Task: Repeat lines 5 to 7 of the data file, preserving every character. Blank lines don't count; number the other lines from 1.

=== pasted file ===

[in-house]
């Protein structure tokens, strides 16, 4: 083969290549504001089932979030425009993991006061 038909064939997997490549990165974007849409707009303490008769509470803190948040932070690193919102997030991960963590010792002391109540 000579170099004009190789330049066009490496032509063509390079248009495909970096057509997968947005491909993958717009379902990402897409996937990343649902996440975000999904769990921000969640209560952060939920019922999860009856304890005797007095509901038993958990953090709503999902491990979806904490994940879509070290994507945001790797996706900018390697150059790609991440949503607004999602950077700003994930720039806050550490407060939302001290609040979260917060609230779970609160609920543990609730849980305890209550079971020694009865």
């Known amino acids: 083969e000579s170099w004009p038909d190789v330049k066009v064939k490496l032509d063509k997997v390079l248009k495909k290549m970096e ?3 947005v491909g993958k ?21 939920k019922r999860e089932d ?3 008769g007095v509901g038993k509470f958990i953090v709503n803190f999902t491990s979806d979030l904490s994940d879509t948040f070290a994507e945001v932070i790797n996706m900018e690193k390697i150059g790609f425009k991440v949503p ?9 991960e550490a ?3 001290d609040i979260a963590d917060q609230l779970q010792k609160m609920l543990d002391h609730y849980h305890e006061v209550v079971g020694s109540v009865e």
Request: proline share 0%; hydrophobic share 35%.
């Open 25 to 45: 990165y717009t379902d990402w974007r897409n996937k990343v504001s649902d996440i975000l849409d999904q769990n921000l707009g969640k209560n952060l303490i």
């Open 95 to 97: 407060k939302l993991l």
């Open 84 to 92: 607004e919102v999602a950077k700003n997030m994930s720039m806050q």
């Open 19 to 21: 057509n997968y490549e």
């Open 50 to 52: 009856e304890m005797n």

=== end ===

């Open 25 to 45: 990165y717009t379902d990402w974007r897409n996937k990343v504001s649902d996440i975000l849409d999904q769990n921000l707009g969640k209560n952060l303490i």
């Open 95 to 97: 407060k939302l993991l």
């Open 84 to 92: 607004e919102v999602a950077k700003n997030m994930s720039m806050q």